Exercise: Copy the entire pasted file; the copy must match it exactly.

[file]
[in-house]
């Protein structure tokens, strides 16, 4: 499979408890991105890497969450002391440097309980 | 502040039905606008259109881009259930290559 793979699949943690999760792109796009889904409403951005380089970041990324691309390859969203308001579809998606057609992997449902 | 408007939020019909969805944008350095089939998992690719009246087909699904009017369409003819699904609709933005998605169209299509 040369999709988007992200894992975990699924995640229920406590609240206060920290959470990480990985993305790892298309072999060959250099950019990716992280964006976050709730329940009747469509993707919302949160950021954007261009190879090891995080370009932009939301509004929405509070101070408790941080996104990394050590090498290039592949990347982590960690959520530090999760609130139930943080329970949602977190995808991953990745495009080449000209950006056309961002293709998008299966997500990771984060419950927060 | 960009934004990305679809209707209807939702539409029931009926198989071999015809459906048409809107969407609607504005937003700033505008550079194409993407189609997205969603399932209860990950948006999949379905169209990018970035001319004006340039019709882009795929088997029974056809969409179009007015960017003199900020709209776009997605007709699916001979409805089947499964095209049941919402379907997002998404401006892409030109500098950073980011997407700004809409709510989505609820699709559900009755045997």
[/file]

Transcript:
[in-house]
């Protein structure tokens, strides 16, 4: 499979408890991105890497969450002391440097309980 | 502040039905606008259109881009259930290559 793979699949943690999760792109796009889904409403951005380089970041990324691309390859969203308001579809998606057609992997449902 | 408007939020019909969805944008350095089939998992690719009246087909699904009017369409003819699904609709933005998605169209299509 040369999709988007992200894992975990699924995640229920406590609240206060920290959470990480990985993305790892298309072999060959250099950019990716992280964006976050709730329940009747469509993707919302949160950021954007261009190879090891995080370009932009939301509004929405509070101070408790941080996104990394050590090498290039592949990347982590960690959520530090999760609130139930943080329970949602977190995808991953990745495009080449000209950006056309961002293709998008299966997500990771984060419950927060 | 960009934004990305679809209707209807939702539409029931009926198989071999015809459906048409809107969407609607504005937003700033505008550079194409993407189609997205969603399932209860990950948006999949379905169209990018970035001319004006340039019709882009795929088997029974056809969409179009007015960017003199900020709209776009997605007709699916001979409805089947499964095209049941919402379907997002998404401006892409030109500098950073980011997407700004809409709510989505609820699709559900009755045997």